The personal mark
Presented with the total on the LCD screen, I swiped my credit card and crafted my new signature in the big, loopy letters I thought might attract a little attention. Instead of ‘‘Alex Kuczynski,’’ I wrote ‘‘Snooki’’ with a heart over the ‘‘i.’’ [...]
I went bolder. Buying baby wipes and ointment at the drugstore chain CVS, I signed, very legibly, ‘‘Cher.’’ Another day, ‘‘Kim Jong-il.’’ I thought signing the name of a North Korean dictator — whose name clearly didn’t jibe with my Caucasian features — would stir some sign of life in the checkout clerk. Nothing. [...]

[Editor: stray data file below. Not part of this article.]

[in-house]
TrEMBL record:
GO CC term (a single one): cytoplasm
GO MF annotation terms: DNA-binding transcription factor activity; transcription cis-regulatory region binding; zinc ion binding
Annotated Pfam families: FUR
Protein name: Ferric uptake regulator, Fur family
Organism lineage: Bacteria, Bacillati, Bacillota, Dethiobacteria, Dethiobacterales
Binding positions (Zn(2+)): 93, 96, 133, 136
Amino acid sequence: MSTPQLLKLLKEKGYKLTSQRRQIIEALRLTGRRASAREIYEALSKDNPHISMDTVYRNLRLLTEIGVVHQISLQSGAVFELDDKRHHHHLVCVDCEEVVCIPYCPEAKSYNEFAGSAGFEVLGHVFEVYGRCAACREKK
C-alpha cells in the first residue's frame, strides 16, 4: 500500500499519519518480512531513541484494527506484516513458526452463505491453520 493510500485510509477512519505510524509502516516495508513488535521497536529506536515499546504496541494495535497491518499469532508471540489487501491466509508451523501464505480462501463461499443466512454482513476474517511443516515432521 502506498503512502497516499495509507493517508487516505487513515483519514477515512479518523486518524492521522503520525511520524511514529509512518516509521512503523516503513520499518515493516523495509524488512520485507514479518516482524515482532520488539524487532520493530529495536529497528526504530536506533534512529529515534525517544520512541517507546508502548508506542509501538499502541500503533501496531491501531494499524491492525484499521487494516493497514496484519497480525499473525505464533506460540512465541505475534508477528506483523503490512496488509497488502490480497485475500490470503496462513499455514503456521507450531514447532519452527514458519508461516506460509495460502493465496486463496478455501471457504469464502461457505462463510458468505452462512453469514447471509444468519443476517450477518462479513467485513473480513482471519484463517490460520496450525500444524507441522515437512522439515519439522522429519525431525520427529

The philosophical idea of the personal mark has evaporated.
—Alex Kuczynski, "Identity Crisis," NYT, 10/3/10
On still other important documents, a single official’s name is signed in such radically different ways that some appear to be forgeries. Additional problems have emerged when multiple banks have all argued that they have the right to foreclose on the same property, a result of a murky trail of documentation and ownership. —"Flawed Bank Paperwork Aggravates a Foreclosure Crisis," NYT, one day later (10/4/10)